What You Need to Know
- Key takeaway #1As courts continue to grapple with generative AI technology, the Northern District of California dismisses right of publicity claims and unfair competition claims, narrowing claims brought by artists for using their works.
- Key takeaway #2After 10 months of litigation, the case has been under careful scrutiny, with the court taking a nuanced and firm look at the propounded claims to hone in on the actual issues affecting artists in the new world of AI-powered works of authorship.
Judge William Orrick in the Northern District of California has dismissed some claims in a lawsuit brought by visual artists Sarah Andersen, Kelly McKernan, and Karla Ortiz against Stability AI, Midjourney, and DeviantArt. The artists allege that the companies misused the artist’s copyrighted works in connection with the companies’ generative artificial intelligence systems and products. Judge Orrick dismissed all allegations against Midjourney and DeviantArt, but gave Plaintiffs leave to amend their complaint. Judge Orrick also dismissed copyright infringement claims brought by McKernan, Ortiz, and others in the artists’ class who had not obtained copyright registrations, a prerequisite to filing a copyright claim, but is allowing Andersen to pursue her claim that Stability AI’s use of her work to train Stable Diffusion infringed her copyrights.
The artists’ class action, Andersen et al. v. Stability AI LTD et al., N.D. Cal. 3:23-cv-00201 (Filed Jan. 13, 2023), argues that the companies’ use of copyrighted works to train AI models, and the resulting image outputs, infringed the artists’ copyrights in those works. The artists complain that these allegedly infringing activities are taking place without obtaining consent from the artists or the publishers of the artworks. The original complaint alleges direct copyright infringement by downloading, storing, and creating derivatives of copyrighted works of artists for training AI models; vicarious copyright infringement by enabling consumers to use the artists’ images through AI programs to generate derivative works; DMCA violations; right of publicity violations; and unlawful competition. This case is one of many current copyright cases by artists and authors filed against owners of generative AI programs, expected to shape the law on the extent to which companies can scrape copyrighted artworks for training purposes, and the extent to which artists can successfully assert copyright infringement owing to the creation by AI products using artworks from the AI training models.
Judge Orrick noted in his ruling that even Stability AI recognizes that the copying Stable Diffusion is accused of cannot be resolved without further investigation into the similarity of the works. He said he was not convinced that the claims focused on the generative AI outputs could be successful without a showing of substantial similarity to the artists’ works, but allowed that the plaintiffs’ claims could be amended to address the court’s concerns. He also dismissed without prejudice all claims related to the right of publicity and unfair competition, possibly narrowing the scope of issues in subsequent generative AI lawsuits. The artists’ attorneys plan to file an amended complaint next month to address the court’s concerns about their other claims and noted that their “core claim” survived.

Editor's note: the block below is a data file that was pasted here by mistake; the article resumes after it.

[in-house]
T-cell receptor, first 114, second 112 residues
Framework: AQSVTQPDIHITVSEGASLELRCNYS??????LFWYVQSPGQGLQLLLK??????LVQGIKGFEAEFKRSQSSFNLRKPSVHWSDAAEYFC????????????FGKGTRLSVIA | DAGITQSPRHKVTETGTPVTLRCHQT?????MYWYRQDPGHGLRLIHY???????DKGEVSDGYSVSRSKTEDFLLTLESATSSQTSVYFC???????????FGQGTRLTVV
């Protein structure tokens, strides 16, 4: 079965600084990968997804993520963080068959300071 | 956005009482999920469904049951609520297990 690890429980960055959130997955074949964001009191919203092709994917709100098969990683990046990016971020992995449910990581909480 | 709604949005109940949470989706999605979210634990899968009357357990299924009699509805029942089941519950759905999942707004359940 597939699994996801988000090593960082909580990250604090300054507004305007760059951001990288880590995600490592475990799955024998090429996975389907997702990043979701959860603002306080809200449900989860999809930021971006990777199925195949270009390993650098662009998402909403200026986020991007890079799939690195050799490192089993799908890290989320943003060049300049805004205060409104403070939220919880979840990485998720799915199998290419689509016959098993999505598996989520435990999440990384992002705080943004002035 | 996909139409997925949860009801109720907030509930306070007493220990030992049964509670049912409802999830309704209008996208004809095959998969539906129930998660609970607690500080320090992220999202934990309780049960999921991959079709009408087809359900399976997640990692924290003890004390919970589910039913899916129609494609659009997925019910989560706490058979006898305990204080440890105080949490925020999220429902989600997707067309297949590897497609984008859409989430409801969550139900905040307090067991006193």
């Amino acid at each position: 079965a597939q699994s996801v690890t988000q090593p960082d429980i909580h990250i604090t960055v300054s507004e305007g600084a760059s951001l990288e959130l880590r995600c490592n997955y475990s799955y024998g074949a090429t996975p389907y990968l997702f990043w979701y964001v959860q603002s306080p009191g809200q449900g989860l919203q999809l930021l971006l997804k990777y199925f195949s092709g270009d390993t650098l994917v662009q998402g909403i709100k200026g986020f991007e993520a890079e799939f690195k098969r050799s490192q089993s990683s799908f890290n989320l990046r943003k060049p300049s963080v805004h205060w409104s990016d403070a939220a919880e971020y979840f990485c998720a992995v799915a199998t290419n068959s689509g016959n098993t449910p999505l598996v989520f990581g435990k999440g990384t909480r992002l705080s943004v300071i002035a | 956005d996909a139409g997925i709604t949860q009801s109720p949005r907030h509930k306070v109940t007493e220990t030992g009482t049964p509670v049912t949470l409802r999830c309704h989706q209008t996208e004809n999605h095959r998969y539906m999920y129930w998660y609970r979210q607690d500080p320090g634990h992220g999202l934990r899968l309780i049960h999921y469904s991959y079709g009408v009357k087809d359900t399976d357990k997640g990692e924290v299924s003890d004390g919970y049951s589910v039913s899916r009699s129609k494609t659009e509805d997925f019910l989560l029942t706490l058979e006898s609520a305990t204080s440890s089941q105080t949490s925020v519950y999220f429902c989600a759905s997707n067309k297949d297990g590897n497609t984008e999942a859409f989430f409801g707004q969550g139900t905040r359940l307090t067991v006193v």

The filing of this case was noteworthy as it was one of the first lawsuits in an attempt by artists to curtail the use of generative AI during the initial boom of AI programs offered to consumers. Similar challenges have been lodged against AI training models and related programs that are used to create code, photographic images, and books. During the 10 months since this case was filed, it has been under careful scrutiny, with the court taking a nuanced and firm look at the allegations to hone in on the core legal issues potentially affecting artist rights in the new world of AI powered works of authorship
- Artists and copyright owners should consult with legal counsel to ensure their copyrights are protected and to explore potential claims against companies that may be misusing their work in generative AI systems.
- Organizations utilizing generative AI systems should review their practices and procedures to ensure compliance with copyright laws and consider obtaining proper permissions or licenses for the use of copyrighted material.
- Organizations using vendors that use generative AI systems should consider whether current contractual arrangements permit such practices, and if so, whether any modifications are necessary to address the potential risk associated with generative AI systems.
We will continue to monitor developments in this area, and update our clients accordingly.
For further information, please contact:
William H. Frankel, Partner, Crowell & Moring